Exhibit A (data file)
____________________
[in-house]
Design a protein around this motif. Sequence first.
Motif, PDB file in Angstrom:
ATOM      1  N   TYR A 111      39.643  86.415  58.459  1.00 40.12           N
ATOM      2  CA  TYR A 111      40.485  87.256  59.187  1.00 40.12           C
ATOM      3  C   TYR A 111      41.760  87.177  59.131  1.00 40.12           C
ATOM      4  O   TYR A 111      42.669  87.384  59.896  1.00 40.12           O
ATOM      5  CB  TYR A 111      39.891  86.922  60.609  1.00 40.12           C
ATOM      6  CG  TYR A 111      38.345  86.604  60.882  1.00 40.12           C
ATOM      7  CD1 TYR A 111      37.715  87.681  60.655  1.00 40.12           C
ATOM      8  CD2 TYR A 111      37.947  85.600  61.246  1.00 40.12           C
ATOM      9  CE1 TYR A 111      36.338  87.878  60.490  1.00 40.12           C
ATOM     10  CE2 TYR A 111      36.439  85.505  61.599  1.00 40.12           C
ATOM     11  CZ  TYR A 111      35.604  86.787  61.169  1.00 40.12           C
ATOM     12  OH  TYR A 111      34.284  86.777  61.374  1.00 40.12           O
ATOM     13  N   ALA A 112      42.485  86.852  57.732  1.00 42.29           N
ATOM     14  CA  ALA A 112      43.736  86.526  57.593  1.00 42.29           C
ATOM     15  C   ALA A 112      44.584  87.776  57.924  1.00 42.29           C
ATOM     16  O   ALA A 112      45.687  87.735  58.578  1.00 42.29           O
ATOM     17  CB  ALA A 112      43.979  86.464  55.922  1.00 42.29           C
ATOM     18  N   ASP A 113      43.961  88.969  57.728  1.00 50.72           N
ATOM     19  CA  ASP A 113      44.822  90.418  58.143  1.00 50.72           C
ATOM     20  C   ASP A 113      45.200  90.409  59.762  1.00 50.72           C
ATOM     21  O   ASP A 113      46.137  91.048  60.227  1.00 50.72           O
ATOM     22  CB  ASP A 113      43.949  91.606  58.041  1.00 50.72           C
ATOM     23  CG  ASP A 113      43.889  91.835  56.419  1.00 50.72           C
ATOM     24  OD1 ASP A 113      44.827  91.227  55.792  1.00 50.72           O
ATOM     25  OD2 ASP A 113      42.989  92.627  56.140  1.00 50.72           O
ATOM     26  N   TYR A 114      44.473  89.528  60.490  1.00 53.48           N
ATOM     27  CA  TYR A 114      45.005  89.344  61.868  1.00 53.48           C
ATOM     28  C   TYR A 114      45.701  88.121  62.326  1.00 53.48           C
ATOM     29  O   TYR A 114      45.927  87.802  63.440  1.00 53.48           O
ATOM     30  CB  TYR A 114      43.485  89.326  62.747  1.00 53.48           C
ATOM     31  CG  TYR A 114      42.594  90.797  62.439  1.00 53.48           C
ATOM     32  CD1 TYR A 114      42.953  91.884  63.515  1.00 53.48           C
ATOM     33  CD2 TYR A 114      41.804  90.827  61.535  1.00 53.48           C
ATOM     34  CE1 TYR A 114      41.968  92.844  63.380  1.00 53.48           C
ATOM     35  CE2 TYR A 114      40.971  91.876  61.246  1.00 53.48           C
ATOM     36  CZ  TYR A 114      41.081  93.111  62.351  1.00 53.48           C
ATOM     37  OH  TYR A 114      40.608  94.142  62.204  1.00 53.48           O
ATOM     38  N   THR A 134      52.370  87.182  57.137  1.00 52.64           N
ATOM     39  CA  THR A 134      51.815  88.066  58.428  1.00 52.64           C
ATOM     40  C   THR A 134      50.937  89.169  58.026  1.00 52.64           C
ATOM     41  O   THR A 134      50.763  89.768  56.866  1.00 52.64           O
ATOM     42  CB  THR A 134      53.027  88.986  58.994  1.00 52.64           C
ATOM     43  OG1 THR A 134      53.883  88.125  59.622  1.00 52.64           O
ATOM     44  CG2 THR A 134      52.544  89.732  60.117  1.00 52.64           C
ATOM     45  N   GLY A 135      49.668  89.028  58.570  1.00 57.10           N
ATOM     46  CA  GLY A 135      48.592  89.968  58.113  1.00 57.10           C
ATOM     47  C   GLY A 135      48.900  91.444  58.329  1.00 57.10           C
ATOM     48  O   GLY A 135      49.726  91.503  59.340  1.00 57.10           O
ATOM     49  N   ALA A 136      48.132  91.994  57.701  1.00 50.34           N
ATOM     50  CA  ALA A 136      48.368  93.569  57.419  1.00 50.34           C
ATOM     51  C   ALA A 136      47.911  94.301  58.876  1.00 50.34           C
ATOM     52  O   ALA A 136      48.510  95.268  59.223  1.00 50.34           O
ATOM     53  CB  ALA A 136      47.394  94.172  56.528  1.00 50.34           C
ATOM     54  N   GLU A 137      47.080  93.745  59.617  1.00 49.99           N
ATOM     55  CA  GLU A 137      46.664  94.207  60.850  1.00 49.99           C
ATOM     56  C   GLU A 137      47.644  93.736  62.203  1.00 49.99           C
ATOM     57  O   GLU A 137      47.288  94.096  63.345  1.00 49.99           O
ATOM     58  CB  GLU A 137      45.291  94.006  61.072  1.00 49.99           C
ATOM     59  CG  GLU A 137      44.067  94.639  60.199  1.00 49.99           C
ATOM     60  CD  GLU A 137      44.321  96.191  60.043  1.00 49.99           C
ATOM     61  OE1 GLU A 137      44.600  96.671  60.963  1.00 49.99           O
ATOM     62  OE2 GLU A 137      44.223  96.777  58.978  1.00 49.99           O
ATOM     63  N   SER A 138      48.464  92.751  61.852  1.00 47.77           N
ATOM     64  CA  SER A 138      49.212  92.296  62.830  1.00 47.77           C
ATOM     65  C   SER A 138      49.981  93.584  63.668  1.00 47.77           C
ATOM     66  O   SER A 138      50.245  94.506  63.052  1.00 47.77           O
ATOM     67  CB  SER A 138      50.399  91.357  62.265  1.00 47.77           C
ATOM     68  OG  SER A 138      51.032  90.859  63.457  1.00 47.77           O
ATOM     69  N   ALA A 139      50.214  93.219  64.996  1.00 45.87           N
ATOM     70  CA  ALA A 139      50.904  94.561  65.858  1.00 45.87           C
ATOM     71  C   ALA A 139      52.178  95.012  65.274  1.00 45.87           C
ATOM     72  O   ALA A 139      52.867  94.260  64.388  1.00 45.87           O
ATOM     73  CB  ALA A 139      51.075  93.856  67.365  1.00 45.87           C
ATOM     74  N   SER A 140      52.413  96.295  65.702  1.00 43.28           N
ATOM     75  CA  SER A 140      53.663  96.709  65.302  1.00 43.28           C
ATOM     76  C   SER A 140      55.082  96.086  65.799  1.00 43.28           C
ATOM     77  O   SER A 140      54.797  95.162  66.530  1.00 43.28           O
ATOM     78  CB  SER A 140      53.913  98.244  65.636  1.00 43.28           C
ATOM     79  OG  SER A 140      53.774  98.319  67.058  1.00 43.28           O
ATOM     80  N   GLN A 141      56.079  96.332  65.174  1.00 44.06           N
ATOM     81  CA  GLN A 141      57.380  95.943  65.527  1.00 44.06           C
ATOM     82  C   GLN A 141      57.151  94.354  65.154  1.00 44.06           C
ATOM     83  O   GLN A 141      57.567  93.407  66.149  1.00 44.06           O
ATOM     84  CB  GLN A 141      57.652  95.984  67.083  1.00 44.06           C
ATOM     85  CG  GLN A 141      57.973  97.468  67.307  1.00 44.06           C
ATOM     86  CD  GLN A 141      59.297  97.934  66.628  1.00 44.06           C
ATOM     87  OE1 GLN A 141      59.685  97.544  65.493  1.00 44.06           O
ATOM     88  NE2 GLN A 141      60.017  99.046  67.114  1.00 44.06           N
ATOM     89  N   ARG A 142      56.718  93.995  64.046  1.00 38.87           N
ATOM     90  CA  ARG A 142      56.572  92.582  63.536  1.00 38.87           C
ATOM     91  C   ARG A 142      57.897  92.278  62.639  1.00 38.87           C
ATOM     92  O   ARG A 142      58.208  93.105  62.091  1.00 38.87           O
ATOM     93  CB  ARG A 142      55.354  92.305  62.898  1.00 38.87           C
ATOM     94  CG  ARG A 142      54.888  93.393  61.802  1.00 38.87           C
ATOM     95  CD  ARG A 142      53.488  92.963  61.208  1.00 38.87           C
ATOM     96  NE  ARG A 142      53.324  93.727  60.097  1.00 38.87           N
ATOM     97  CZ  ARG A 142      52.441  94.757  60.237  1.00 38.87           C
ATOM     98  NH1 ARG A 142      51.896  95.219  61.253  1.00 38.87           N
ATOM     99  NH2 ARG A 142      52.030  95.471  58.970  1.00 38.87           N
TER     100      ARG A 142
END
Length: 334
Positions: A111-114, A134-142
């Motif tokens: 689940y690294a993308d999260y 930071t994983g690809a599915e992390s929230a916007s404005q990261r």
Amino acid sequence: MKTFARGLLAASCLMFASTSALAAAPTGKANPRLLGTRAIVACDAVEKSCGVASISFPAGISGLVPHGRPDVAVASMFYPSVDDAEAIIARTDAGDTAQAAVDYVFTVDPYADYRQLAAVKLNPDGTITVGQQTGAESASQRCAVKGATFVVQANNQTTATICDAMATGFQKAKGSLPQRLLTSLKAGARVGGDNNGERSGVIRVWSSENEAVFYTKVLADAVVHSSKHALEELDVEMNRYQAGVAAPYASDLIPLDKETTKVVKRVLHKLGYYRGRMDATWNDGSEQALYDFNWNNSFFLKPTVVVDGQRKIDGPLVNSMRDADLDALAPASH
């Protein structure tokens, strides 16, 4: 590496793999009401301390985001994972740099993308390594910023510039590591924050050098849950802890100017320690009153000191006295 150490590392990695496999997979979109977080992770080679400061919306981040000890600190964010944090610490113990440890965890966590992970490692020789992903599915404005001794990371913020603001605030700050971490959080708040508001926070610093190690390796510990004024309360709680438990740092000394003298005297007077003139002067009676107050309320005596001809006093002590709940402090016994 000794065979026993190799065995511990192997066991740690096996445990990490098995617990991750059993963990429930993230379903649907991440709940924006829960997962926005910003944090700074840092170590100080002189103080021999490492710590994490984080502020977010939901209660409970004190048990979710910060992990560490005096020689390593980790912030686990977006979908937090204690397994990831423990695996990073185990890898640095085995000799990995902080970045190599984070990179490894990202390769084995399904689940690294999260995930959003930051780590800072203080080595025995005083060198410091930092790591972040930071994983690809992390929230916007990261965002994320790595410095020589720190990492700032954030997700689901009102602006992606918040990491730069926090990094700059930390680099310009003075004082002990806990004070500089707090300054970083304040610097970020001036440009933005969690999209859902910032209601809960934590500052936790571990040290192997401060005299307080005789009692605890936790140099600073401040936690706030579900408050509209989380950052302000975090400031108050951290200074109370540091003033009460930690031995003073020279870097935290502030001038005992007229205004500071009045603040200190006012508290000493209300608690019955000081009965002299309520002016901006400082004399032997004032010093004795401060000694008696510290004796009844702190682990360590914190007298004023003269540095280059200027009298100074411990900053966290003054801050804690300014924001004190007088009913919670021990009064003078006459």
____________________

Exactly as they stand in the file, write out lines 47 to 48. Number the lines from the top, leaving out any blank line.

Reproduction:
ATOM     44  CG2 THR A 134      52.544  89.732  60.117  1.00 52.64           C
ATOM     45  N   GLY A 135      49.668  89.028  58.570  1.00 57.10           N